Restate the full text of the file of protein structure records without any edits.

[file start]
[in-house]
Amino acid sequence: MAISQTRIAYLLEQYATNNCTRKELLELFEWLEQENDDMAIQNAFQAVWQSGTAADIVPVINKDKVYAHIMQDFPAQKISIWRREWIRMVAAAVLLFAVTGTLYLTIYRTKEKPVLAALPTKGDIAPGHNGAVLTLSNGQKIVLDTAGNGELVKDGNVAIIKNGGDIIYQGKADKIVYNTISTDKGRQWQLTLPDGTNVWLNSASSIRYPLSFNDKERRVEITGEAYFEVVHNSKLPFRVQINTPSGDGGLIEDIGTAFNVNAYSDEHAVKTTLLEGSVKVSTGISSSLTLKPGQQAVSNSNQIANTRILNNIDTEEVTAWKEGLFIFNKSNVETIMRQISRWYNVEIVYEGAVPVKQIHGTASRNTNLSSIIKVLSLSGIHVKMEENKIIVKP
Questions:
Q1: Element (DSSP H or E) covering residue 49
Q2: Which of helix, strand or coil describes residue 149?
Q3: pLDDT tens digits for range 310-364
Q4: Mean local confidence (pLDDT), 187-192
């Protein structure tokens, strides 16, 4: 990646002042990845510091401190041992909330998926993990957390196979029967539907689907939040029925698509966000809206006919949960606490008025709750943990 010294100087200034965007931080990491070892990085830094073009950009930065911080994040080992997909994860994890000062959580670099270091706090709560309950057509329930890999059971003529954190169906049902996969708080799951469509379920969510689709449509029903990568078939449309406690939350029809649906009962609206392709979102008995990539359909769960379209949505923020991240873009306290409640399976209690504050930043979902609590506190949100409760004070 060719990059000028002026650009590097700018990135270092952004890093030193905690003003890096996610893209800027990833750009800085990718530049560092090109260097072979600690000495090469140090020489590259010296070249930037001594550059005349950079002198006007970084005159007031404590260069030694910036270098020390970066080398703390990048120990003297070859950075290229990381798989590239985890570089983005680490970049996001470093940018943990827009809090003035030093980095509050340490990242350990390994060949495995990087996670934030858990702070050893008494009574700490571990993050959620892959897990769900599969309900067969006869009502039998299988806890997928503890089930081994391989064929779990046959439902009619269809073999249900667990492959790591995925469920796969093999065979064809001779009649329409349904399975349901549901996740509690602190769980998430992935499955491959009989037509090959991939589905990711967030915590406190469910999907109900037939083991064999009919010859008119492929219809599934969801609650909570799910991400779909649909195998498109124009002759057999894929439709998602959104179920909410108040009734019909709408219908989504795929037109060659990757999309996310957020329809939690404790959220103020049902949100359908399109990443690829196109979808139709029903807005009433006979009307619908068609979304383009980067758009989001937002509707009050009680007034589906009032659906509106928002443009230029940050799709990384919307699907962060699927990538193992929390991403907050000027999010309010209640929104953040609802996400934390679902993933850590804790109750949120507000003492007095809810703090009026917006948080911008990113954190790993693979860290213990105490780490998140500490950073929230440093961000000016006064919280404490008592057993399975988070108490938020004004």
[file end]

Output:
[in-house]
Amino acid sequence: MAISQTRIAYLLEQYATNNCTRKELLELFEWLEQENDDMAIQNAFQAVWQSGTAADIVPVINKDKVYAHIMQDFPAQKISIWRREWIRMVAAAVLLFAVTGTLYLTIYRTKEKPVLAALPTKGDIAPGHNGAVLTLSNGQKIVLDTAGNGELVKDGNVAIIKNGGDIIYQGKADKIVYNTISTDKGRQWQLTLPDGTNVWLNSASSIRYPLSFNDKERRVEITGEAYFEVVHNSKLPFRVQINTPSGDGGLIEDIGTAFNVNAYSDEHAVKTTLLEGSVKVSTGISSSLTLKPGQQAVSNSNQIANTRILNNIDTEEVTAWKEGLFIFNKSNVETIMRQISRWYNVEIVYEGAVPVKQIHGTASRNTNLSSIIKVLSLSGIHVKMEENKIIVKP
Questions:
Q1: Element (DSSP H or E) covering residue 49
Q2: Which of helix, strand or coil describes residue 149?
Q3: pLDDT tens digits for range 310-364
Q4: Mean local confidence (pLDDT), 187-192
């Protein structure tokens, strides 16, 4: 990646002042990845510091401190041992909330998926993990957390196979029967539907689907939040029925698509966000809206006919949960606490008025709750943990 010294100087200034965007931080990491070892990085830094073009950009930065911080994040080992997909994860994890000062959580670099270091706090709560309950057509329930890999059971003529954190169906049902996969708080799951469509379920969510689709449509029903990568078939449309406690939350029809649906009962609206392709979102008995990539359909769960379209949505923020991240873009306290409640399976209690504050930043979902609590506190949100409760004070 060719990059000028002026650009590097700018990135270092952004890093030193905690003003890096996610893209800027990833750009800085990718530049560092090109260097072979600690000495090469140090020489590259010296070249930037001594550059005349950079002198006007970084005159007031404590260069030694910036270098020390970066080398703390990048120990003297070859950075290229990381798989590239985890570089983005680490970049996001470093940018943990827009809090003035030093980095509050340490990242350990390994060949495995990087996670934030858990702070050893008494009574700490571990993050959620892959897990769900599969309900067969006869009502039998299988806890997928503890089930081994391989064929779990046959439902009619269809073999249900667990492959790591995925469920796969093999065979064809001779009649329409349904399975349901549901996740509690602190769980998430992935499955491959009989037509090959991939589905990711967030915590406190469910999907109900037939083991064999009919010859008119492929219809599934969801609650909570799910991400779909649909195998498109124009002759057999894929439709998602959104179920909410108040009734019909709408219908989504795929037109060659990757999309996310957020329809939690404790959220103020049902949100359908399109990443690829196109979808139709029903807005009433006979009307619908068609979304383009980067758009989001937002509707009050009680007034589906009032659906509106928002443009230029940050799709990384919307699907962060699927990538193992929390991403907050000027999010309010209640929104953040609802996400934390679902993933850590804790109750949120507000003492007095809810703090009026917006948080911008990113954190790993693979860290213990105490780490998140500490950073929230440093961000000016006064919280404490008592057993399975988070108490938020004004």